“I’m 91, and I’ve spent my life in the outdoors since I was 6. … I caught a lot of fish. But at the end of the day it’s the people you remember.”
The speaker was the legendary Lefty Kreh about two years before his death, as he and I were covering an outing of Project Healing Waters Fly Fishing, a program for wounded veterans. It was a fitting site for my last conversation with this friend, mentor and veteran of the Battle of the Bulge.
Three events in the last two weeks, plus the Memorial Day observance, brought this conversation of three years ago to mind.
Heroes On The Water at Centennial Lake
Heroes On The Water is an alternative therapeutic program dedicated to the physical and emotional rehabilitation of active military service personnel, veterans and first responders. Its mission is “To help warriors to relax, rehabilitate and reintegrate through kayak fishing and the outdoors.”
It’s a national program with 61 mostly autonomous, all volunteer chapters including a chapter based in Hampstead. Allied programs have developed in Canada and several other countries.
HOW statistics reveal nearly 53,000 persons have participated in these programs since 2007 supported by nearly 32,000 volunteers. The chapters supply all kayaks and necessary equipment including tackle for the free all-day events and even supply donated drinks and an abundant shore lunch.
I stopped by Centennial Lake in Howard County on May 23 to see if the program was still operating as well as the two I covered in previous years. I wasn’t disappointed. This was a requested “unit event” organized by chapter head Jim “Coop” Cooper and Captain Jacob Curtis, commander of the 780 Military Intelligence (Cyber) Brigade at Fort Meade.
The 37 participants included service members and a few family members. At one point 28 of the 30 kayaks provided, including tandems, were on the water. It was a rare day of good weather, and, despite cloudy water, the success rates for bass and other species was good, fishing mostly with Ned rigs, Wacky Worm rigs and Beetle Spins.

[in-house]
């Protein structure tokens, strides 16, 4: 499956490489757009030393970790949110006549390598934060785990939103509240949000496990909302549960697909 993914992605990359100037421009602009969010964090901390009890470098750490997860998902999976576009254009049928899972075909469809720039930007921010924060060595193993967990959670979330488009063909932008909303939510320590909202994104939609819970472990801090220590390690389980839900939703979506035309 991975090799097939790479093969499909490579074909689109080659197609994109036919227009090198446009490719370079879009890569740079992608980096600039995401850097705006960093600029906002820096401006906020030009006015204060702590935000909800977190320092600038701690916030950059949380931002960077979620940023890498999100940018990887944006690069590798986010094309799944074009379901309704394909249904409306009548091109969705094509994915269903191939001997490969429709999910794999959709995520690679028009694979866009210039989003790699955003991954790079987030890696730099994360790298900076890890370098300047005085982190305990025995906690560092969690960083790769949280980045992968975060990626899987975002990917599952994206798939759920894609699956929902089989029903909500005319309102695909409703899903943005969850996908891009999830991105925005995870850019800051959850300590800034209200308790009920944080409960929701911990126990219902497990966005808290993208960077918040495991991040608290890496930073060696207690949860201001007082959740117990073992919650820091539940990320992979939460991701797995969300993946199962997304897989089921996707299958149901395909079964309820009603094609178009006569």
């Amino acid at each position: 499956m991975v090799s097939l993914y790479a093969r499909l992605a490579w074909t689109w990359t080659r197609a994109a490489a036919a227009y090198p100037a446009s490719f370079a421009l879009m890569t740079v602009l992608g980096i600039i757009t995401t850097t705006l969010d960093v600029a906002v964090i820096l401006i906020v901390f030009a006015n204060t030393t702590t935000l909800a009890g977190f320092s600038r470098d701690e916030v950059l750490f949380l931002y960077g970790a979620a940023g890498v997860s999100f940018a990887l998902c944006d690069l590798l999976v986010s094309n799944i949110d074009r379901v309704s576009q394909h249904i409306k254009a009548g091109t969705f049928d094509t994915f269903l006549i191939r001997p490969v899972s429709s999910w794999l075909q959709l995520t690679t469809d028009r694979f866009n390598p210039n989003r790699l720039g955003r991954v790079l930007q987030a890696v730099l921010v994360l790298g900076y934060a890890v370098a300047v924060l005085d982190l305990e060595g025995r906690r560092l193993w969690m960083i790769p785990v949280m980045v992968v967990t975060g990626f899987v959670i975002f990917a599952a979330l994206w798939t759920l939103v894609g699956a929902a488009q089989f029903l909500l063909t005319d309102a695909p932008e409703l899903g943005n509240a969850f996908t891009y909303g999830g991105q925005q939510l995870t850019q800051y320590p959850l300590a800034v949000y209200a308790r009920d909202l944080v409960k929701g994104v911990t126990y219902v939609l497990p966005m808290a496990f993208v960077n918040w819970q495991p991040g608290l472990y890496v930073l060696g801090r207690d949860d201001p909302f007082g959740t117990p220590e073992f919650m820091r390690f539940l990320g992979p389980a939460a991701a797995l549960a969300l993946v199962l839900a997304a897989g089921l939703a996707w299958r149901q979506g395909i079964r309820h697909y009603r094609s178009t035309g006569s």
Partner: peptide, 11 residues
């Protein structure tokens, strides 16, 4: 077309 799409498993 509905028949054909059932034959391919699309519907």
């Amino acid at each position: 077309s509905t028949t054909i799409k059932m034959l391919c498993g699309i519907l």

Since this was a weekday event, Coop had to scramble for volunteers, and nearly two dozen members of kayak clubs and fishing clubs responded. A number I spoke with took off from work to support the program. Speaking from experience, this is usually a 12-hour commitment in addition to travel time. Also speaking from experience, and again hearing comments from participants, it’s well worth it.
With only a tiny paid national staff, Heroes on the Water is not as well known as some veterans group, but it’s worth looking into and supporting. See heroesonthewater.org or contact email@example.com.
Tochterman’s Grand Opening of the Lefty Kreh Fly Shop
On May 19 I stopped by Tochterman’s Fishing Tackle to help celebrate the grand opening of their Lefty Kreh Tackle Shop, a three-room, nearly 1,000-square foot annex above their main shop on Eastern Avenue in Baltimore.
The fly shop is packed with the latest and best quality fly fishing tackle available. If an item isn’t here, you probably don’t need it.
Naming the shop after Lefty, arguably still the most renowned fly fisherman in the world, is entirely appropriate. Kreh graduated from a local legend in his native Frederick to international recognition after his move to Florida before returning to Maryland in 1973 for an 18-year stint as outdoor editor of the Baltimore Sun and author a slew of books and CDs and hundreds of magazine articles and columns.
Kreh bought his first fly outfit from Tommy Tochterman, son of the founder of this 103-plus-year-old, family-owned tackle shop and father of Tony Tochterman, the current proprietor.
At a time when most folks would talk of retiring Tony keeps improving Tochterman’s. He spoke of how people come into the shop and tell of coming there as children with their fathers. Tony didn’t use the words “tradition” or “legacy,” but that was the idea, and that’s why the store is a national and international destination shop.
Touring and buying fishing tackle at Tochterman’s has gone beyond a bucket list item for many fishermen to approaching a pilgrimage event.
Book signings were part of the day. Dan Rodricks of The Baltimore Sun was autographing his latest book, “Fathers Day Creek: Fly Fishing, Fatherhood and the Last Best Place on Earth” (with a forward by Lefty Kreh), and Joe Bruce had his latest how-to tome, “Shallow Water Tips & Techniques, Rigging for Success.”
These two books represent the range of fishing books. Bruce’s volume covers technical approaches of rigging and presentations to catch fish, with dozens of tips from hook sharpening and modification to fly tying to rigging plastic lures.
Rodricks’ book is more of a philosophical reflection on wider issues of why one fishes, the values of family, friends and wild places and guidance for living.
Both are valuable. Bruce’s book is available at jobruce.net. Rodricks’ is available at Amazon.com. Tochterman’s is located at 1925 Eastern Avenue in Baltimore.
Fishing with Kids
A few days ago I watched two fathers each with a young child taking the kids fishing for bluegills with bait. Both children were too young to cast and really couldn’t handle the rod well after each father cast for his child and then handed over the rod. But both the young girl and even younger boy were able to hook fish, and with parental help reel them in.
I was filled with admiration, and a bit of envy. There was no yelling or fault-finding. It was an enjoyable experience for all — including this observer.